Every year, America’s healthcare professionals treat millions of people affected by the flu.

Doctors, nurses, and other staff members naturally have an altruistic interest in eliminating any further spread of this illness.

The top techniques for avoiding the accidental spread of influenza are well-known.

However, there are additional ways you can help your office fight the germs this flu season.

Here are some useful strategies you can add to your workplace toolkit.

Adopting Pre-Screening Procedures

During flu season, you can limit the spread of the flu by leveraging your everyday scheduling procedures.

When taking appointments, ask the patient if he or she is currently experiencing flu symptoms.

Doing so can give you the information you need to advise team members to take extra flu-prevention precautions if and when the patient comes in for a visit. It may also help you identify people affected by less severe symptoms that can be managed without an office visit.

In addition, your pre-screening efforts can help you establish safer in-office conditions for all patients. For example, your healthcare facility may decide to ask all patients presenting with flu-like symptoms to wear a face mask as a precaution when arriving for their appointments.

Helping Patients Recognize Potential Flu Symptoms

Establishing pre-screening procedures can give you valuable insight before patients arrive. However, not all patients with flu symptoms will recognize or report their condition. Still others may develop symptoms between your screening and their appointments.

Strengthening community awareness surrounding the flu can go a long way toward minimizing the risk of individuals spreading the infection.

To improve awareness, the Centers for Disease Control and Prevention (CDC) recommends that all healthcare facilities post multiple, prominent notices that offer flu-prevention information. As often as possible, notices should be available in the languages most commonly spoken in your area.

In case patients mistake their illness for something other than influenza, the CDC also recommends that healthcare professionals ask patients to report all respiratory problems during flu season, regardless of their potential source.

Setting Up Triage Stations

In a crowded doctor’s office, it’s crucial to avoid transfer of the fluid droplets that make influenza infections more likely to occur.

If your facility has the space and personnel, you can isolate flu patients with dedicated triage areas. Triage areas serve two purposes.

First, they allow you to identify affected patients and keep them separate from patients visiting your office for other reasons. In turn, this allows you to keep visitors unaffected by the illness free from contact with any infectious droplets spread by coughing or sneezing.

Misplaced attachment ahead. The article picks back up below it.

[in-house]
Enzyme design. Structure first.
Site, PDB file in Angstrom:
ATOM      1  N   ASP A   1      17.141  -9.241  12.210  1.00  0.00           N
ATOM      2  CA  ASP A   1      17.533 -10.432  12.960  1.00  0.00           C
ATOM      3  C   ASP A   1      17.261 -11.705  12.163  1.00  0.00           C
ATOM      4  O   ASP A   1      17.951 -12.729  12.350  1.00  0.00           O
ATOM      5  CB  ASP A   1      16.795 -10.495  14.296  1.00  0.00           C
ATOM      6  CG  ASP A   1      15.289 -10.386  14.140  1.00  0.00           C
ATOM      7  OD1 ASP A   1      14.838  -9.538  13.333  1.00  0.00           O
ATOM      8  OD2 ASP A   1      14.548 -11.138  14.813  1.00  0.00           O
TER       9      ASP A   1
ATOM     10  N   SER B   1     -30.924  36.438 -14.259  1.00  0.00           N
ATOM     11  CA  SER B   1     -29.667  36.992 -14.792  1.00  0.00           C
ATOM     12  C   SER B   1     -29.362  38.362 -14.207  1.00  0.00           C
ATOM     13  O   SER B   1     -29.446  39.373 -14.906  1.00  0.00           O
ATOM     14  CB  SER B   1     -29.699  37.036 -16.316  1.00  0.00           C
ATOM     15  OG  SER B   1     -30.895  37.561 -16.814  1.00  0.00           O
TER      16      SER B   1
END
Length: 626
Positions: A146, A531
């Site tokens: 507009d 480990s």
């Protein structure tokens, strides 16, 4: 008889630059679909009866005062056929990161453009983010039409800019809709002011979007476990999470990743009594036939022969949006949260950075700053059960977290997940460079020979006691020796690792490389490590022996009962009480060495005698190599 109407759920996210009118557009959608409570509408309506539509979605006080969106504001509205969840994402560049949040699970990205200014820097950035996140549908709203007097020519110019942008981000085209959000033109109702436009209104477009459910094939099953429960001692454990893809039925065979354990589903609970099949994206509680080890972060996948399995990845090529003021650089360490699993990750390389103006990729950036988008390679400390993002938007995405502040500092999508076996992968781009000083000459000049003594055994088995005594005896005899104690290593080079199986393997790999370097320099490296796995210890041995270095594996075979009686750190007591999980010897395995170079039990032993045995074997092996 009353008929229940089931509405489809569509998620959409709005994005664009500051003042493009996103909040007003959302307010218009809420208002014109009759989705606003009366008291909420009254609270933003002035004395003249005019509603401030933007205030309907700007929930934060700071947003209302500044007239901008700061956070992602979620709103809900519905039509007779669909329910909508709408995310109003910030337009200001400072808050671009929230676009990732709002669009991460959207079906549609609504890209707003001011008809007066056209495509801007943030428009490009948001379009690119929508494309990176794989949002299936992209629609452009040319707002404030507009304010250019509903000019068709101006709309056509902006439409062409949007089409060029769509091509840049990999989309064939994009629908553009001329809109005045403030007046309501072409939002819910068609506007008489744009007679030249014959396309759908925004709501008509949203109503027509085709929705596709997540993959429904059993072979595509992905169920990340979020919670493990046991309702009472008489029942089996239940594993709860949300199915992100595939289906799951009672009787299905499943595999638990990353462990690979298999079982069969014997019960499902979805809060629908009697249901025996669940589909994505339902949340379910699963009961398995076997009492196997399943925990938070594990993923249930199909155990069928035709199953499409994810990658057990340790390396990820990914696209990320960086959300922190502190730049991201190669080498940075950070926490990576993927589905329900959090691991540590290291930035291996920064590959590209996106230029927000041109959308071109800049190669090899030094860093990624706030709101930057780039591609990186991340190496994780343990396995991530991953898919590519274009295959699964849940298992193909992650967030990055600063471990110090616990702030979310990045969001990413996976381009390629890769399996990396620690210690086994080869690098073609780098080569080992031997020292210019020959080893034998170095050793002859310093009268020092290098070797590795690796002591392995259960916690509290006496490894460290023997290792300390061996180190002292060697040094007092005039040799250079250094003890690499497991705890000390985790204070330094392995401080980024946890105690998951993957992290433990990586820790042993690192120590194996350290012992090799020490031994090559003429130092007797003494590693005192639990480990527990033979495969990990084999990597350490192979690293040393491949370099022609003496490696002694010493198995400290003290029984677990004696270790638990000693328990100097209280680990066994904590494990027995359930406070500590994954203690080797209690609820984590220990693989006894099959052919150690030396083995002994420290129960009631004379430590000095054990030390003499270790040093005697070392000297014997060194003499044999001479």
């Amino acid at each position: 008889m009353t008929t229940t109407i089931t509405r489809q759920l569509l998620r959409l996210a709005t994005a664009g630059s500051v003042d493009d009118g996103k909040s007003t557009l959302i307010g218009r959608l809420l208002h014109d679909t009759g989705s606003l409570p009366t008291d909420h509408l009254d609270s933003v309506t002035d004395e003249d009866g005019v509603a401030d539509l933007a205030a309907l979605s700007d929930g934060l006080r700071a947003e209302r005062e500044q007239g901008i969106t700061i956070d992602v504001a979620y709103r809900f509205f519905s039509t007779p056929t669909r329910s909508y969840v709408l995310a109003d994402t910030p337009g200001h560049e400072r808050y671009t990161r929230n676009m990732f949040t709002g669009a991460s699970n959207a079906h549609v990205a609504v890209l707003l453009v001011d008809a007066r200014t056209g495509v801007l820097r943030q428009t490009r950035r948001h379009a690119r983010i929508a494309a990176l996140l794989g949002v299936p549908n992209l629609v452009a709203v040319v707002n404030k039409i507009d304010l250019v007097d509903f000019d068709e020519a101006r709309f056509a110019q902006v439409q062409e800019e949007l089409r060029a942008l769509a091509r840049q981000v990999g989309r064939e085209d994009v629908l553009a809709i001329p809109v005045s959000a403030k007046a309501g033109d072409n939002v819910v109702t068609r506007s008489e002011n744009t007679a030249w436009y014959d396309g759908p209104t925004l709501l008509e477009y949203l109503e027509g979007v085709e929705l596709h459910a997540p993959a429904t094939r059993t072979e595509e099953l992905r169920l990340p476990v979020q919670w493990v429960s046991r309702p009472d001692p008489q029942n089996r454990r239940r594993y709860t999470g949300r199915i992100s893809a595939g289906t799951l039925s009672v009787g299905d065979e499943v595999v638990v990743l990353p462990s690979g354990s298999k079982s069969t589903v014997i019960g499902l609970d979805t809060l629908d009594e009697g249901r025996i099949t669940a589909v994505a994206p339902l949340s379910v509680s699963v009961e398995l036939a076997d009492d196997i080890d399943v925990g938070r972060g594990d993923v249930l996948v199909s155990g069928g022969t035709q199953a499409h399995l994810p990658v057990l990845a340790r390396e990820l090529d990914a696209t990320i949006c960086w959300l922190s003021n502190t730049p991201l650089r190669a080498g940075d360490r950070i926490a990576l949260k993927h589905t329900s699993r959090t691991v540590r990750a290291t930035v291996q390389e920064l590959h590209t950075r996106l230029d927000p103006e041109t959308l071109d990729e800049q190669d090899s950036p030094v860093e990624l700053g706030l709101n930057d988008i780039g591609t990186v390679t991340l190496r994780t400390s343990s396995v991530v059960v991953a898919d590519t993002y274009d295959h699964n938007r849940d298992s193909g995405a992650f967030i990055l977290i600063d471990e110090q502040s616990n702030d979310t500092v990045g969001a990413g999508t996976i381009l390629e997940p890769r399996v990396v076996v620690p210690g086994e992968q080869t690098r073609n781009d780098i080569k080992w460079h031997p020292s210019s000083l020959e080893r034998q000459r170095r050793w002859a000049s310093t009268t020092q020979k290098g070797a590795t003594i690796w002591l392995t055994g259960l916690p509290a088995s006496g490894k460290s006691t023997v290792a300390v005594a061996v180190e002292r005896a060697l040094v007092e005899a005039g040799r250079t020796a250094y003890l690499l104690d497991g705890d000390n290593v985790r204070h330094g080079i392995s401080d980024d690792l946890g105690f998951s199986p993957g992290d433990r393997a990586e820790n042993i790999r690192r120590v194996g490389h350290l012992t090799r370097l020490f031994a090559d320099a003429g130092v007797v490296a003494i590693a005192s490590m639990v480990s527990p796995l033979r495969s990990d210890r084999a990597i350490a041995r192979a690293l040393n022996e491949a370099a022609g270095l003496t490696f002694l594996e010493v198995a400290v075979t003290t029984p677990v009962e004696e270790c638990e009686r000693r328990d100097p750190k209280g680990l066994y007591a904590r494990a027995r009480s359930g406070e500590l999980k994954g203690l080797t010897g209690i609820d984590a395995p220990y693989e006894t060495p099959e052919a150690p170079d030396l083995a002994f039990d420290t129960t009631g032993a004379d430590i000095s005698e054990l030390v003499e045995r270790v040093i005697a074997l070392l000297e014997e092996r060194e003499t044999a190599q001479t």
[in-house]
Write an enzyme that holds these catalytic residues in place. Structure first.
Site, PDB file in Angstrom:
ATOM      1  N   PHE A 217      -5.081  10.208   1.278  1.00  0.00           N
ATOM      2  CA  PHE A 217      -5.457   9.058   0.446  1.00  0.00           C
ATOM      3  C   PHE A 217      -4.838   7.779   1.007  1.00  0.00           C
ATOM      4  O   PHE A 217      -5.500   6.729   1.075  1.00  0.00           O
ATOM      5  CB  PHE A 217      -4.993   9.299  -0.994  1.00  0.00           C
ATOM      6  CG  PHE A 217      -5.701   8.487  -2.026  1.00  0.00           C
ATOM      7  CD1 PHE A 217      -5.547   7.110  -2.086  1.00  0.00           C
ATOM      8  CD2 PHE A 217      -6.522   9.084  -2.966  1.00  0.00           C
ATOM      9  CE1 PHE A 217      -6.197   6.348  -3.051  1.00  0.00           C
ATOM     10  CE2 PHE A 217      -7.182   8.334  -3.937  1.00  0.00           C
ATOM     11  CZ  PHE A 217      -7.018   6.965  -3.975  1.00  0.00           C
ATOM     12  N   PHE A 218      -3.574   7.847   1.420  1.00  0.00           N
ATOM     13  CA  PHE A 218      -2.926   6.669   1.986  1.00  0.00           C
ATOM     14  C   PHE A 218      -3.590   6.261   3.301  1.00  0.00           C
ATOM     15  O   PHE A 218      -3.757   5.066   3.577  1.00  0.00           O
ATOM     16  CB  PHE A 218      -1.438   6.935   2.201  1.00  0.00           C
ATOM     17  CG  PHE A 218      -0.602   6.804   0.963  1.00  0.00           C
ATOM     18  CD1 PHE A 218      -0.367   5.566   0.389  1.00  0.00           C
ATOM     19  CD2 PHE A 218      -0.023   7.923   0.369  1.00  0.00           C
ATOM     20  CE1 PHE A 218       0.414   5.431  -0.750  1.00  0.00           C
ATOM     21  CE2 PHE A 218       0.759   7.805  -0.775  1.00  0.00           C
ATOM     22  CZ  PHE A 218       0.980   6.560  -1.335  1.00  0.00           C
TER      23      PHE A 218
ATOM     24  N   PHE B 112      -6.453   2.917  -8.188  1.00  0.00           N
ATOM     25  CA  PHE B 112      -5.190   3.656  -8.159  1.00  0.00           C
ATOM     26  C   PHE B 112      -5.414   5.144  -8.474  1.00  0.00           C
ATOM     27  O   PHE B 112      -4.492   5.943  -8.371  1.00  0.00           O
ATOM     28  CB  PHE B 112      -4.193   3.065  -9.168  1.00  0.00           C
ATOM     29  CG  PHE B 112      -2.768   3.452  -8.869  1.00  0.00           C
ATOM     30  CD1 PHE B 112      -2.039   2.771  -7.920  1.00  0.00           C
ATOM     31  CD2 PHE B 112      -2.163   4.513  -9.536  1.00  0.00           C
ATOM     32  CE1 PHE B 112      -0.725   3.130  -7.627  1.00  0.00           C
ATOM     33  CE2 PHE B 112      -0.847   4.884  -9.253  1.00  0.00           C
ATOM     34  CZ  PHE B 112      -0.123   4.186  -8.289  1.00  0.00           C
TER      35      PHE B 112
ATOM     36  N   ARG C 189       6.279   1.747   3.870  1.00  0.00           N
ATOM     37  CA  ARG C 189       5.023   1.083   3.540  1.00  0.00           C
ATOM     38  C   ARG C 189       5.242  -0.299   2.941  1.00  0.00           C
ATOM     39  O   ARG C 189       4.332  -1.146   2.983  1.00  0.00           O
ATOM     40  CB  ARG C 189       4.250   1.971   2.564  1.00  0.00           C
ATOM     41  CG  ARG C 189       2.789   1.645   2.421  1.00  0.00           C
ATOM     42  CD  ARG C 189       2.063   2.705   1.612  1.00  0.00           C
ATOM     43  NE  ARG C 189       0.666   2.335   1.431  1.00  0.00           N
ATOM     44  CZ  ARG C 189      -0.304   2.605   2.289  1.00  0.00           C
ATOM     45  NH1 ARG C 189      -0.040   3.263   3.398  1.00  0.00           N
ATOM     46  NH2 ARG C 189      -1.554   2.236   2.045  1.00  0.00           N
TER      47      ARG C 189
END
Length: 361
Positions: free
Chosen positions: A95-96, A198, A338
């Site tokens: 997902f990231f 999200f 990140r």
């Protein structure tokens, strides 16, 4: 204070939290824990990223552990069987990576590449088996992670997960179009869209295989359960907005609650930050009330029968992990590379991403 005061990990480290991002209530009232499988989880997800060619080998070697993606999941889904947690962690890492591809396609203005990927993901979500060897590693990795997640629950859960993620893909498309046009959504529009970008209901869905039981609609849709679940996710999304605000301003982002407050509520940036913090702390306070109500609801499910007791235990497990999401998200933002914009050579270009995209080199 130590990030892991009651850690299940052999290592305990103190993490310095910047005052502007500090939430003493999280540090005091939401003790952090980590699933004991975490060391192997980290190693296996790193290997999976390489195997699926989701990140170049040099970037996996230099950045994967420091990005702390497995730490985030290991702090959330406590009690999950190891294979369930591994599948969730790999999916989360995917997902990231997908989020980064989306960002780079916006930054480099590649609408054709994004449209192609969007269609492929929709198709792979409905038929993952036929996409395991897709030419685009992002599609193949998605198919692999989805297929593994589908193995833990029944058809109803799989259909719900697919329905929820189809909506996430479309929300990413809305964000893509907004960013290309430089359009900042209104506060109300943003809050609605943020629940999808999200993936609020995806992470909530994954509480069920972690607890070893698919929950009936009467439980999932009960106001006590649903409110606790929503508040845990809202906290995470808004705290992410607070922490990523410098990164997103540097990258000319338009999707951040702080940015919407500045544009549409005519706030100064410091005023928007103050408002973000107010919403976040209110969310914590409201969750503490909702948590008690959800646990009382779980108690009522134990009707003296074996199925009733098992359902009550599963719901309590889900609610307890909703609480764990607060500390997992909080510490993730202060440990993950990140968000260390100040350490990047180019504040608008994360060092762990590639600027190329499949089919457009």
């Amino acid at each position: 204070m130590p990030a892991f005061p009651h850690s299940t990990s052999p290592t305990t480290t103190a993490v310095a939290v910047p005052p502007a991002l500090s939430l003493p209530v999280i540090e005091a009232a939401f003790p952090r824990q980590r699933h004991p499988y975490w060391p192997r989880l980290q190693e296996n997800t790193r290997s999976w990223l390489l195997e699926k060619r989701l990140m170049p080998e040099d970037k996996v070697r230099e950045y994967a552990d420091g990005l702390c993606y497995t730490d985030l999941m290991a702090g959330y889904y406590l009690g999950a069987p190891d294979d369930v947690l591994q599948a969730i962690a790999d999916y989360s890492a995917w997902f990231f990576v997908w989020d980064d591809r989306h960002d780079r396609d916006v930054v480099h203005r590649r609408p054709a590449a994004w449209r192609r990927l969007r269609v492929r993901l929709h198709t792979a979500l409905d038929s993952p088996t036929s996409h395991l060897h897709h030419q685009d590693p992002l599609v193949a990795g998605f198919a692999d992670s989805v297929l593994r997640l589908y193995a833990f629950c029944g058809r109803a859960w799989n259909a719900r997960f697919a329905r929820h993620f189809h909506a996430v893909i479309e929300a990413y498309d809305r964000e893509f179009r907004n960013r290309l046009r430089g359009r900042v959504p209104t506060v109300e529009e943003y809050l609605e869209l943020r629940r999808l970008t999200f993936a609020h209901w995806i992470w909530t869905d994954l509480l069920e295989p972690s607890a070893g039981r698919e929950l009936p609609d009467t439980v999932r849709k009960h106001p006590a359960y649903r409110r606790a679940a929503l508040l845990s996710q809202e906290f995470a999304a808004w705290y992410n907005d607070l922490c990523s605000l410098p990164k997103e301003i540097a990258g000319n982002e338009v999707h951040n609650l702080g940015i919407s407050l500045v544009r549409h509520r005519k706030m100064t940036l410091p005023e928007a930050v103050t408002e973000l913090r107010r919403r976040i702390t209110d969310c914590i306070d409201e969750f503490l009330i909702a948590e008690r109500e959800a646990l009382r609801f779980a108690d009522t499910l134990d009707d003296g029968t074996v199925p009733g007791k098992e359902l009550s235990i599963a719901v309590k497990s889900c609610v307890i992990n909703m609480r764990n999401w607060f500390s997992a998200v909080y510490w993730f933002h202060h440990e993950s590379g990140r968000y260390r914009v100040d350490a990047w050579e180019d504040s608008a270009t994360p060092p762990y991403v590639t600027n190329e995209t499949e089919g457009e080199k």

Additionally, triage areas limit the number of surfaces and spaces that may be contaminated. These areas can be disinfected more frequently without causing a major increase in the burden of infection control.

Re-Educating Your Staff

As the old saying goes, familiarity can breed complacency.

During flu season, you may see scores of patients with influenza symptoms each week. Over time, these repeated interactions may start to dull your awareness of the risks you face. As much as we love our healthcare professionals and think of them as community heroes, the truth is that doctors, nurses, and hospital staff are just as vulnerable to the flu as patients.

Due to the frequency of interacting with ill patients, healthcare professionals are also potential vectors.

Before and during flu season, take some time to re-educate your staff about the actions needed to limit new exposures. Discuss any special precautions or protocols your facility has implemented to reduce the spread of the virus. Then provide your team with periodic refreshers in the form of notices or meetings that remind everyone to stay the course.

Also, don’t forget that getting your flu shot each year is still the most effective way to prevent the spread of flu.

Stopping the spread of the flu is a team effort. As a united team, you can save patients from suffering from the flu.

Adhering to Guidelines for Sick Employees

Public health officials have established a full set of guidelines for healthcare professionals who get sick during the flu season. These guidelines provide extensive information on what to do if you or your staff develop symptoms.

However, good advice is only beneficial if you take it. While well-meaning, for a number of reasons, doctors, nurses, and other caretakers may not follow best practices when they fall ill.

If your office has guidelines for sick employees, be sure to follow them even when your natural desire is to get to work and help others. If your office hasn’t yet adopted an official set of protocols for ill employees, encourage your management team or HR to put best practices in place.

You can’t help others if you’re too ill to get to work. At GermBlast, we want to help our healthcare heroes do what they do best. We partner with healthcare facilities to stop the spread of infection in its tracks with proven environmental and equipment disinfection procedures.

If your healthcare facility could benefit from a dedicated partner in the fight against infection, let us know. We’d love to schedule a site survey with you and your team.

Then, let us know in the comments below which tactics your office has put in place to help prevent the spread of the flu!